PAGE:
Full Text Available Background. An exponential law for chaotic cardiac dynamics, found previously, allows the quantification of the differences between normal cardiac dynamics and those with acute diseases, as well as the cardiac dynamics of the evolution between these states. Objective. To confirm the clinical applicability of the developed methodology through the mathematical law for cardiac dynamics in dynamics with arrhythmias. Materials and methods. 60 Holter electrocardiograms were analyzed, 10 corresponded to normal subjects, and 50 to subjects with different arrhythmias. For each Holter, an attractor was performed, and its fractal dimension and spatial occupancy were measured. A mathematical evaluation was applied in order to differentiate normal dynamics from pathological ones. Sensitivity, specificity and the Kappa coefficient were calculated. Results. The mathematical evaluation differentiated occupation spaces, normal dynamics, acute illness dynamics, and evolution between these states. The sensitivity and specificity values were 100%, and the Kappa coefficient was 1. Conclusions. The clinical applicability of the methodology for cases with arrhythmia was shown. It is also applicable for the detection of changes in dynamics that are not classified clinically as pathological.

  5. Effectiveness of inpatient and outpatient strategies in increasing referral and utilization of cardiac rehabilitation: a prospective, multi-site study

    Directory of Open Access Journals (Sweden)

    Grace Sherry L

    2012-12-01

    Full Text Available Abstract Background Despite the evidence of benefit, cardiac rehabilitation (CR remains highly underutilized. The present study examined the effect of two inpatient and one outpatient strategy on CR utilization: allied healthcare provider completion of referral (a policy that had been endorsed and approved by the cardiac program leadership in advance; PRE-APPROVED; CR intake appointment booked before hospital discharge (PRE-BOOKED; and early outpatient education provided at the CR program shortly after inpatient discharge (EARLY ED. In this prospective observational study, 2,635 stable cardiac inpatients from 11 Ontario hospitals completed a sociodemographic survey, and clinical data were extracted from charts. One year later, participants were a mailed survey that assessed CR use. Participating inpatient units and CR programs to which patients were referred were coded to reflect whether each of the strategies was used (yes/no. The effect of each strategy on participants’ CR referral and enrollment was examined using generalized estimating equations. Results A total of 1,809 participants completed the post-test survey. Adjusted analyses revealed that the implementation of one of the inpatient strategies was significantly related to greater referral and enrollment (PRE-APPROVED: OR = 1.96, 95%CI = 1.26 to 3.05, and OR = 2.91, 95%CI = 2.20 to 3.85, respectively. EARLY ED also resulted in significantly greater enrollment (OR = 4.85, 95%CI = 2.96 to 7.95. Conclusions These readily-implementable strategies could significantly increase access to and enrollment in CR for the cardiac population. The impact of these strategies on wait times warrants exploration.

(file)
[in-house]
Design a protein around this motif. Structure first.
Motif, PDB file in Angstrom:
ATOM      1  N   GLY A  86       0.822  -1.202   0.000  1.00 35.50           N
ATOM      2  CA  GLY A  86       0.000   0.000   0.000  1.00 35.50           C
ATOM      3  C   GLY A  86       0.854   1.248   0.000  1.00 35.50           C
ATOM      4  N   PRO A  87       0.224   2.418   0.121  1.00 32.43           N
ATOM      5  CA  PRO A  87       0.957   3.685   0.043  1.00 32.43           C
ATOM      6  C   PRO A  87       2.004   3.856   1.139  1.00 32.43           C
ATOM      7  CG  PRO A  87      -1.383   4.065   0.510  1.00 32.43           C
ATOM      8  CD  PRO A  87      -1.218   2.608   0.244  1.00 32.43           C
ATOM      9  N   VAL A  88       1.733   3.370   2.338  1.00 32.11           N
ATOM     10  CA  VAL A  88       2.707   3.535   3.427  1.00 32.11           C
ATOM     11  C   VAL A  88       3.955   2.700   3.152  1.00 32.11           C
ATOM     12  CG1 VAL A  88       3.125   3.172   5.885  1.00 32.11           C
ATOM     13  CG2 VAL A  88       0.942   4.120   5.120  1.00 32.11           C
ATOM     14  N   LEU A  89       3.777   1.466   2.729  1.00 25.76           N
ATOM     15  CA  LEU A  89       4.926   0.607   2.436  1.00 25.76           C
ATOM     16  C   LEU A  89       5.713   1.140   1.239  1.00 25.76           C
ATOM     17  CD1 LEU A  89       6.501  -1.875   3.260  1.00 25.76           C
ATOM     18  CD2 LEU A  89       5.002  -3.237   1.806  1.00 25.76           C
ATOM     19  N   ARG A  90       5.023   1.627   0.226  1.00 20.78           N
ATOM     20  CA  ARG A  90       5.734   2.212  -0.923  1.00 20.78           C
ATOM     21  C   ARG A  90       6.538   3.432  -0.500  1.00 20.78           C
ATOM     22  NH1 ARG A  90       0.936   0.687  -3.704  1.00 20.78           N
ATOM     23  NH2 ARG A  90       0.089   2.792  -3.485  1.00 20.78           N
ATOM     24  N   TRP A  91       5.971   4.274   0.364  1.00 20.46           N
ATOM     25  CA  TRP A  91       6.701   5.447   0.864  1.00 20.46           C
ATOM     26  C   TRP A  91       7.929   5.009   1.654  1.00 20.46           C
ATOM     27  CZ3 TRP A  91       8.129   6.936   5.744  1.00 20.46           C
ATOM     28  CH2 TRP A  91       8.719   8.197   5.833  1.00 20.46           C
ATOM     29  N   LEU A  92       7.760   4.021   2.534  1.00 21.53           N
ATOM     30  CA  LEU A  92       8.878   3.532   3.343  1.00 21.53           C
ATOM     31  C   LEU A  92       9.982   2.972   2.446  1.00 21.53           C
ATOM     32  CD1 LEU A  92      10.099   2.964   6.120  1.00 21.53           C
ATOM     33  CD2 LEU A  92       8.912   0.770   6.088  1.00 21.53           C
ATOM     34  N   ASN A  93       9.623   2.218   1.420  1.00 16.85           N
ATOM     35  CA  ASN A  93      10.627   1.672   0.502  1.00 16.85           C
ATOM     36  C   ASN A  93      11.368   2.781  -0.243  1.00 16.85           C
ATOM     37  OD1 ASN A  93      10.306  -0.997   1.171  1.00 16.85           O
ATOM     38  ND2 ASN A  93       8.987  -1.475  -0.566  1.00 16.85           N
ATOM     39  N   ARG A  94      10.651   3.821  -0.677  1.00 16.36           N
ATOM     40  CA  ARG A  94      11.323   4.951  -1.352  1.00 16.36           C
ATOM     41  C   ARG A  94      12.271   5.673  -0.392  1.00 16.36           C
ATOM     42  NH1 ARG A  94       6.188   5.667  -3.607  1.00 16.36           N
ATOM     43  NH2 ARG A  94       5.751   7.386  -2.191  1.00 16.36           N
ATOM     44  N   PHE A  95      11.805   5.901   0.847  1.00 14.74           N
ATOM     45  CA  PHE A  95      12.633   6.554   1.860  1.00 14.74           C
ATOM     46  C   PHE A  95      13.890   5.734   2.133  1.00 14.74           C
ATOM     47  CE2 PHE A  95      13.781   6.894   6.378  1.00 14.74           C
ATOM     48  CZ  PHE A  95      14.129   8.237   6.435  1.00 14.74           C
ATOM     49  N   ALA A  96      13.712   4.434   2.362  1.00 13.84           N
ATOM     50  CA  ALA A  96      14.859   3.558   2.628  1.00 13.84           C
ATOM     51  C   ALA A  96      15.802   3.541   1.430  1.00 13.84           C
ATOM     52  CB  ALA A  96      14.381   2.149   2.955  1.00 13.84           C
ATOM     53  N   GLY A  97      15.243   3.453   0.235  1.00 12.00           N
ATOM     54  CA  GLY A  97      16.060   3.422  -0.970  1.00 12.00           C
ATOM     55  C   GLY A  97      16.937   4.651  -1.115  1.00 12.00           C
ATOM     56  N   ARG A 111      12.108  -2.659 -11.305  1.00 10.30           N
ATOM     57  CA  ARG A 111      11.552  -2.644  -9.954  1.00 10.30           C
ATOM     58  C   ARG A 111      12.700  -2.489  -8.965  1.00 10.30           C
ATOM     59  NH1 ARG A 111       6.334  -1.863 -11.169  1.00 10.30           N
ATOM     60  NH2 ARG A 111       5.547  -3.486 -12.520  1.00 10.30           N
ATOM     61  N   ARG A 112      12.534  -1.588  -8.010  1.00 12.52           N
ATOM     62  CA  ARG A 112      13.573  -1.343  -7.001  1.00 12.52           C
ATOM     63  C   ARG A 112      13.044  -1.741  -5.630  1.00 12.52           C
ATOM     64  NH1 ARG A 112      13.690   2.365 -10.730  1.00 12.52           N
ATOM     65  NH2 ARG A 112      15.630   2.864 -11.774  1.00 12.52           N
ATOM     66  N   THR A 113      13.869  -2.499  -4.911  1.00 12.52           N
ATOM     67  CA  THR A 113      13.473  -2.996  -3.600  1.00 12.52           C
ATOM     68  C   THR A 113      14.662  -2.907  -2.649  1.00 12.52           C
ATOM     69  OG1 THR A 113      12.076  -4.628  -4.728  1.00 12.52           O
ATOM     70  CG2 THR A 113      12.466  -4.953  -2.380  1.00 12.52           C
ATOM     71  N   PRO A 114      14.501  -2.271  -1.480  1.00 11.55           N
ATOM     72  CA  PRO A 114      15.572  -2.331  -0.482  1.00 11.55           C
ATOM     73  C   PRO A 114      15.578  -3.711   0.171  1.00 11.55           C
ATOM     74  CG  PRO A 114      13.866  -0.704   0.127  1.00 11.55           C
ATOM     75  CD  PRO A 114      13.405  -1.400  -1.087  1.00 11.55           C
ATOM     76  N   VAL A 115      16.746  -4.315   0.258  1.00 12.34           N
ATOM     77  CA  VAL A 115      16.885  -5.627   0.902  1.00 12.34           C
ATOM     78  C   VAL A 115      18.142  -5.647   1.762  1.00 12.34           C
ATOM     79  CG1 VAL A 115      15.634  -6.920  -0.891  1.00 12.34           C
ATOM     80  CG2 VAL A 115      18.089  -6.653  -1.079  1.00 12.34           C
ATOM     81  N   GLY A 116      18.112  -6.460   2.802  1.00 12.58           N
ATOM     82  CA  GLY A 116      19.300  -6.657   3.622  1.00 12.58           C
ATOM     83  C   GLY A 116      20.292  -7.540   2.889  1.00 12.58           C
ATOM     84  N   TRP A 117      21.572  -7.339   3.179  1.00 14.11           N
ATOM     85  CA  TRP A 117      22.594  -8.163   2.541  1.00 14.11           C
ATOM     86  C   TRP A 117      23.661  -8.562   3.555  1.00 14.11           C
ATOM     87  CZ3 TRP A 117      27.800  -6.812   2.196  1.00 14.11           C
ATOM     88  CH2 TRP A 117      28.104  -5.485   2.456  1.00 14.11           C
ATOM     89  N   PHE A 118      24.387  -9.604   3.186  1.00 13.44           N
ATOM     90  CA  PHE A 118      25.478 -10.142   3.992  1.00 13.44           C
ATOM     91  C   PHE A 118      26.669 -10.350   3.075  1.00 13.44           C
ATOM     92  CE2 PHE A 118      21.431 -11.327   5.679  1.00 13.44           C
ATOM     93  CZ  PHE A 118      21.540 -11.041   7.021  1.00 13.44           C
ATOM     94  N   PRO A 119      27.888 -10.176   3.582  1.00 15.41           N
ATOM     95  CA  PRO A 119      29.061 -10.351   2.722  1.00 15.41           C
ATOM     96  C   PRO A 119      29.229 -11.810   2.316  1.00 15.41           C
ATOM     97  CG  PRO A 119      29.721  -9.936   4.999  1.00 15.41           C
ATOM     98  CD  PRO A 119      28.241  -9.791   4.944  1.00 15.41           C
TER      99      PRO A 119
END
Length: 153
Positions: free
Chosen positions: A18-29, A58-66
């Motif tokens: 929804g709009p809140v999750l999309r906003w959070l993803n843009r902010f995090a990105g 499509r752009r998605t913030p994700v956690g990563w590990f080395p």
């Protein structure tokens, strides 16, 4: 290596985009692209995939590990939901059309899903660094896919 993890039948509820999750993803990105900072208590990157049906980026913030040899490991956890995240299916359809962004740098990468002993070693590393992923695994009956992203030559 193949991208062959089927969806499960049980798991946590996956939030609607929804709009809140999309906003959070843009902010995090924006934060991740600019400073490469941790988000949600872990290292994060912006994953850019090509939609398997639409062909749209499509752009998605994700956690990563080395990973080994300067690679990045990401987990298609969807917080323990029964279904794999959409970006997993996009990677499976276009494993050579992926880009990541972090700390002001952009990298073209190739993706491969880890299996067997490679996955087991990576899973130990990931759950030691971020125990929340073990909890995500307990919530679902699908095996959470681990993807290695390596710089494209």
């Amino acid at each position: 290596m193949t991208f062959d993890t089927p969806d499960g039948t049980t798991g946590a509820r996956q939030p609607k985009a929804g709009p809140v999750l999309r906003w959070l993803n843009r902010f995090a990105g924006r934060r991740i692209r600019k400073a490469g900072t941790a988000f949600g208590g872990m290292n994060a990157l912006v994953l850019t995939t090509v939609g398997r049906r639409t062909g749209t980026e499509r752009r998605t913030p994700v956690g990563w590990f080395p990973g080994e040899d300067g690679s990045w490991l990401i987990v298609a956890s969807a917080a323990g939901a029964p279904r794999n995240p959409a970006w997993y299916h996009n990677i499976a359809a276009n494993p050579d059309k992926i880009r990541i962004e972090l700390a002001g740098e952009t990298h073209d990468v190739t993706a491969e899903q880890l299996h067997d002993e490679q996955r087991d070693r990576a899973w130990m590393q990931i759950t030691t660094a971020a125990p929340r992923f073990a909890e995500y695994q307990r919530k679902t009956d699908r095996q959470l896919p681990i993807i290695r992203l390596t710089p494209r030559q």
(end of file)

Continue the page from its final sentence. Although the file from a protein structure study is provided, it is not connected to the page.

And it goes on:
6. High resolution MR imaging of the fetal heart with cardiac triggering: a feasibility study in the sheep fetus

    International Nuclear Information System (INIS)